Patricia Ranzoni


PARIS --Stephane Grappelli, a French jazz violinist who helped shatter the image of jazz as an exclusively American art form, died Dec. 1. He was 89. --The Associated Press

Stephane     you have taken me  
down to the frozen pond to let go. 
Hear December  nineteen -ninety -sevening- it
out the club door?
	Snowdrift riffs and rifts accompany us. 
We cross tracks with yesterday deer pressing on.
	Pause	where 
a great chirping interrupted bird took flight sight-
reading its tripleted impressions.  On the ledge     
your electric strings melt trickles
down moss in what we interpret a gift of sun.
	Classic frictions squealing 
gut to gut, an improvisational piece
with field mice tunnelling under.
		Flash-fingering Grappelli
      shuffling here with me
       			        fiddling free
      where my 
      movement tries to freeze
		swing me off with you!

	We reach the north cove by the sprucetrees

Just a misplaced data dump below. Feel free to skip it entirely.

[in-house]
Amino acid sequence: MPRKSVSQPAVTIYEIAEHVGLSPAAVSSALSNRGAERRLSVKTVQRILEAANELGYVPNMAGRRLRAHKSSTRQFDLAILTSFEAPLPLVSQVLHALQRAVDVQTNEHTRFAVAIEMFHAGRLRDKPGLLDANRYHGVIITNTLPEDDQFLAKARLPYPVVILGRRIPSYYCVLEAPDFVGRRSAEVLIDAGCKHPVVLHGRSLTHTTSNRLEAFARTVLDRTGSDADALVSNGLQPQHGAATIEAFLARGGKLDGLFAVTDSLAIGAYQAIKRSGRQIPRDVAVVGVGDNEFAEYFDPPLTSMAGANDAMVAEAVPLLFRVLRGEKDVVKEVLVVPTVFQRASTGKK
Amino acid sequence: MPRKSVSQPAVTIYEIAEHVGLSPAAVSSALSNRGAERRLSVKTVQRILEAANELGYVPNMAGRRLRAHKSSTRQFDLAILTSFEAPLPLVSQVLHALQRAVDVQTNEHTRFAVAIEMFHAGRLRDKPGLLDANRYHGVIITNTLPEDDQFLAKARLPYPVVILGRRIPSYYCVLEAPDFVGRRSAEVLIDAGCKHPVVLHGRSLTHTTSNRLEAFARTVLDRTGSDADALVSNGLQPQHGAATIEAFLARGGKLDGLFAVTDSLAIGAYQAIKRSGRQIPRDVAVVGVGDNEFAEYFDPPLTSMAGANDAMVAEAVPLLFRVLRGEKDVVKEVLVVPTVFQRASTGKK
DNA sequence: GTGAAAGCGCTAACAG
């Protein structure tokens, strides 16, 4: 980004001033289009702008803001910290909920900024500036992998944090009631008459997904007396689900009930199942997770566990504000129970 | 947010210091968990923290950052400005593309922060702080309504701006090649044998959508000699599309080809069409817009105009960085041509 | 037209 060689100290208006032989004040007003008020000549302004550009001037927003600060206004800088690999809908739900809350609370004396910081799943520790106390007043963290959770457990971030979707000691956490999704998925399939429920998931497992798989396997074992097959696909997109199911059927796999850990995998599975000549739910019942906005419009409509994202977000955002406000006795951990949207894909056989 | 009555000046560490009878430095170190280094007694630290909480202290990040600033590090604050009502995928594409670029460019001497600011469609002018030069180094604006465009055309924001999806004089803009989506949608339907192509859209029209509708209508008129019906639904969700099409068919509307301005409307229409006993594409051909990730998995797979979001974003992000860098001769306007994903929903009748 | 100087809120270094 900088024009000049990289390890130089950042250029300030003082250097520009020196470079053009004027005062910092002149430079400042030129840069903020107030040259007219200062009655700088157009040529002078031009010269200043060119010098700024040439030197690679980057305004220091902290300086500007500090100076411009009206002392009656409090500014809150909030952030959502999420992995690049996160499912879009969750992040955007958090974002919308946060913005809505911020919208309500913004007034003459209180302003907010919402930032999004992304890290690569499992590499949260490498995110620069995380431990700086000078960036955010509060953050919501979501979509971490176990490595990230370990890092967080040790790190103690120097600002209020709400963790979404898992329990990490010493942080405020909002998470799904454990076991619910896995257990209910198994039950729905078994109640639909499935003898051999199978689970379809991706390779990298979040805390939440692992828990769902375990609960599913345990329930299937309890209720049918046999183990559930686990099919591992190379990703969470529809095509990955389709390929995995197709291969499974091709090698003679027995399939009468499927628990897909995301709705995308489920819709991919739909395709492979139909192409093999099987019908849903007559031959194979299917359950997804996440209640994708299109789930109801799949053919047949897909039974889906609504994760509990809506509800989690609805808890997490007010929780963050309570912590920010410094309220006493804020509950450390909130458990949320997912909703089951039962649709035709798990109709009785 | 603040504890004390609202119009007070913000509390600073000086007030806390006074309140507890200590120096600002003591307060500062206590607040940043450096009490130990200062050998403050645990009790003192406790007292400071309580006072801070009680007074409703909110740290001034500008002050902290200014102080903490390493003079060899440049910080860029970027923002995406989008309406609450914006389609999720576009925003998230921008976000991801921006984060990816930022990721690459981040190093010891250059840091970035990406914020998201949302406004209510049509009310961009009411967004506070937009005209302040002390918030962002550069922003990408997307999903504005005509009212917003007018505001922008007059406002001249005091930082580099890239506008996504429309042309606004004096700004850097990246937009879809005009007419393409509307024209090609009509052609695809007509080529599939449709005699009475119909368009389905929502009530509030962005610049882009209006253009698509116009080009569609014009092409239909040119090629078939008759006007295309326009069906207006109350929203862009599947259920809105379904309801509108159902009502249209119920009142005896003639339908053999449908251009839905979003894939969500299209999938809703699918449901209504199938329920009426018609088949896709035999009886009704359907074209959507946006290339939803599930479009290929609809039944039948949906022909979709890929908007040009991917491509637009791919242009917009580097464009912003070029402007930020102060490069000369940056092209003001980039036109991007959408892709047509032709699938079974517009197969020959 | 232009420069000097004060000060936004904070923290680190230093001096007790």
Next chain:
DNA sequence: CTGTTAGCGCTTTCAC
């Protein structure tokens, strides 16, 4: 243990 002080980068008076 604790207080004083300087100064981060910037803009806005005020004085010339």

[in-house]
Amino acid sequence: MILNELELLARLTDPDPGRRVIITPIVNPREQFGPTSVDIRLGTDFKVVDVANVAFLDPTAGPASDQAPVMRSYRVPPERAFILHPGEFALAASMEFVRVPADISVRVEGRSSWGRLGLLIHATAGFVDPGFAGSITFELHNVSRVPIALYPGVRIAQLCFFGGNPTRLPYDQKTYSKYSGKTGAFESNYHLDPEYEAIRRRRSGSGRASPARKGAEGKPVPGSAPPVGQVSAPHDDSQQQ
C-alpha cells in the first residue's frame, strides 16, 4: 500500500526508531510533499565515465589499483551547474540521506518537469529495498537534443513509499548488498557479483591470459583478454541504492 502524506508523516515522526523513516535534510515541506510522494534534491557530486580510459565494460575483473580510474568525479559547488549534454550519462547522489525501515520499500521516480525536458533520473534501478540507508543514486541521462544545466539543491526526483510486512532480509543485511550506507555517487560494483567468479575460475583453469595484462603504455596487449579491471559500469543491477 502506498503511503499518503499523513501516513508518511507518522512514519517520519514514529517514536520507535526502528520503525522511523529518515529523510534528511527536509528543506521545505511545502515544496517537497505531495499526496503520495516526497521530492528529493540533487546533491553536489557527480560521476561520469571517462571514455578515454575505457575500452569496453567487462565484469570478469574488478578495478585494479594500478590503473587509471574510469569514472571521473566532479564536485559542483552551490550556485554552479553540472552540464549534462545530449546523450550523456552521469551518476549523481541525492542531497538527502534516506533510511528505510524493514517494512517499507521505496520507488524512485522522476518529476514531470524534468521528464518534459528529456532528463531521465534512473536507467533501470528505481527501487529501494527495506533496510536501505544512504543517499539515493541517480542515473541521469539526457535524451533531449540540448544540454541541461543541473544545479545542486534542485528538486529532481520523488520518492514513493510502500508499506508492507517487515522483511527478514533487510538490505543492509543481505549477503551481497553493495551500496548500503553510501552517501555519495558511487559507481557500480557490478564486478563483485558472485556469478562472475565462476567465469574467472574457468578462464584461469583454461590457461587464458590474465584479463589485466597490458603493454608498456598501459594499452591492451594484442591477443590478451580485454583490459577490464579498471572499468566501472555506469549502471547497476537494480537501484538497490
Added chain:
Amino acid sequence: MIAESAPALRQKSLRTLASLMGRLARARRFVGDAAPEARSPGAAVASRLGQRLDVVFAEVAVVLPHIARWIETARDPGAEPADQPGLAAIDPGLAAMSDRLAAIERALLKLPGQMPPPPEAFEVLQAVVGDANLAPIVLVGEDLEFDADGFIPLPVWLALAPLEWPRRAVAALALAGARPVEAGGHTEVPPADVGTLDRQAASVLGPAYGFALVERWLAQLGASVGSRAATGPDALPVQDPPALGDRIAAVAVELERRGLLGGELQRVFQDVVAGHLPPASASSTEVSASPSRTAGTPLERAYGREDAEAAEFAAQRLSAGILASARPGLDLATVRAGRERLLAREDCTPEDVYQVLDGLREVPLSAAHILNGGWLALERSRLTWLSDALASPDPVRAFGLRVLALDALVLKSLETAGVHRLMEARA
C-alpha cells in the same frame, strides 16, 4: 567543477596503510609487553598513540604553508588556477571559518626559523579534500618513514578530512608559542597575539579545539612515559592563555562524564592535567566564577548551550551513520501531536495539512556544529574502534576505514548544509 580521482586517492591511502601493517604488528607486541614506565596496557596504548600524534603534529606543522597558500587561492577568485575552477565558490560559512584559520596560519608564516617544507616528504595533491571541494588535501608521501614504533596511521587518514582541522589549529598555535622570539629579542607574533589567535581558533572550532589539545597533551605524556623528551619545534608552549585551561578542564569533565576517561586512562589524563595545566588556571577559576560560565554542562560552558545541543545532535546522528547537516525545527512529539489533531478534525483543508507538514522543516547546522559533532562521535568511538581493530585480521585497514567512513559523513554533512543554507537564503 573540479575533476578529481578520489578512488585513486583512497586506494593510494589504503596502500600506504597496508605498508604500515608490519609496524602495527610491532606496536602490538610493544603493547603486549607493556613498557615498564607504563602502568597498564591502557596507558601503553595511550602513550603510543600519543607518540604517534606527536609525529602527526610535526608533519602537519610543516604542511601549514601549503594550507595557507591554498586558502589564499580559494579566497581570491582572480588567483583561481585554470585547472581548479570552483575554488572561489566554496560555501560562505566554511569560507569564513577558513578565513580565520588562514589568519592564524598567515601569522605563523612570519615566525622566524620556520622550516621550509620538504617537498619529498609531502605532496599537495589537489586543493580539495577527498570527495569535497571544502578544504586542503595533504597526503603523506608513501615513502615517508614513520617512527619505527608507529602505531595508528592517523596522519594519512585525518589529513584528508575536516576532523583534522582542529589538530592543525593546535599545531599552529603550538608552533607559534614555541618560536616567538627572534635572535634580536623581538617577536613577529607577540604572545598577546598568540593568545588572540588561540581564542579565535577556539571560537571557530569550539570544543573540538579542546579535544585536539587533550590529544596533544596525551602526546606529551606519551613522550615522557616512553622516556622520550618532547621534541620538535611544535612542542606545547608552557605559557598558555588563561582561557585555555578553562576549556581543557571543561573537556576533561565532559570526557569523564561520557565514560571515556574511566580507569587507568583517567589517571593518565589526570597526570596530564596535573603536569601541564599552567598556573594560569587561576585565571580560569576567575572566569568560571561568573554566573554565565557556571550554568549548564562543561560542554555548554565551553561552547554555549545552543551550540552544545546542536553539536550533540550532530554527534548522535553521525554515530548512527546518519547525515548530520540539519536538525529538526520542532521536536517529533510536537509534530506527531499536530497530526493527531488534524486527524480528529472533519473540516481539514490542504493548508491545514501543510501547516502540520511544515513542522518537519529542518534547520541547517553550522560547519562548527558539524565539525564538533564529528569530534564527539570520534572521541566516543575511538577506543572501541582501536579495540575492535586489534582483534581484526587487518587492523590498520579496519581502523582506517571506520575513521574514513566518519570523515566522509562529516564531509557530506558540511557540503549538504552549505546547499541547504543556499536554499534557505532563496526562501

planted for the children grown tall. 
Your chilling chin on your warming
violin you slide with me to huddle 
in this bare little bowl thrown by the wind     
wheeling around lowest boughs. 
A natural resting place for a honey of a solo
	before you go.  That south-coming sun
on our expressions not so much choosing
to shine on us as we choosing to burn our 
faces with it  one more time while there is time.
	What immaterial difference remains
between being alive here and 
being alive gone.     
		hot      up
jumping Stephane!     Merci! 

from Another Long

so  hope  becomes  Wagner’s  piano  lashed  to  a  sleigh  of  dreams

drawn  endlessly  by  a  straining  team  of  nags  willful  and  clear  they

pull  her  through  mountainous  depths  of  drifted  reality  to  play  with  the

world  and  the  world  with  her  on  a  much  smaller  scale  of  course

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